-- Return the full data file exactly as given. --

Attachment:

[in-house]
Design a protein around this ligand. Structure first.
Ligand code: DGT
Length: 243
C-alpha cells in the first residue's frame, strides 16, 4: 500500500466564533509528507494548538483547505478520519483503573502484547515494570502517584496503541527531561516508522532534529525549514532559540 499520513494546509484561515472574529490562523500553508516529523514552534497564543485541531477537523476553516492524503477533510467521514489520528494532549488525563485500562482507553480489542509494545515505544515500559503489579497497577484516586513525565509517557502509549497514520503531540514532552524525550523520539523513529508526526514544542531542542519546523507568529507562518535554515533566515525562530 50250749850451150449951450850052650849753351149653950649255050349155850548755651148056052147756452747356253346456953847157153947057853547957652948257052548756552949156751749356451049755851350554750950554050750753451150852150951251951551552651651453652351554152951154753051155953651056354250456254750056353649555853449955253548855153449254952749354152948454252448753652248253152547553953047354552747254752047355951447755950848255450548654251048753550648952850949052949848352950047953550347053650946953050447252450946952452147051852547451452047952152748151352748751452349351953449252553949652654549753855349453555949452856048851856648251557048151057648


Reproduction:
[in-house]
Design a protein around this ligand. Structure first.
Ligand code: DGT
Length: 243
C-alpha cells in the first residue's frame, strides 16, 4: 500500500466564533509528507494548538483547505478520519483503573502484547515494570502517584496503541527531561516508522532534529525549514532559540 499520513494546509484561515472574529490562523500553508516529523514552534497564543485541531477537523476553516492524503477533510467521514489520528494532549488525563485500562482507553480489542509494545515505544515500559503489579497497577484516586513525565509517557502509549497514520503531540514532552524525550523520539523513529508526526514544542531542542519546523507568529507562518535554515533566515525562530 50250749850451150449951450850052650849753351149653950649255050349155850548755651148056052147756452747356253346456953847157153947057853547957652948257052548756552949156751749356451049755851350554750950554050750753451150852150951251951551552651651453652351554152951154753051155953651056354250456254750056353649555853449955253548855153449254952749354152948454252448753652248253152547553953047354552747254752047355951447755950848255450548654251048753550648952850949052949848352950047953550347053650946953050447252450946952452147051852547451452047952152748151352748751452349351953449252553949652654549753855349453555949452856048851856648251557048151057648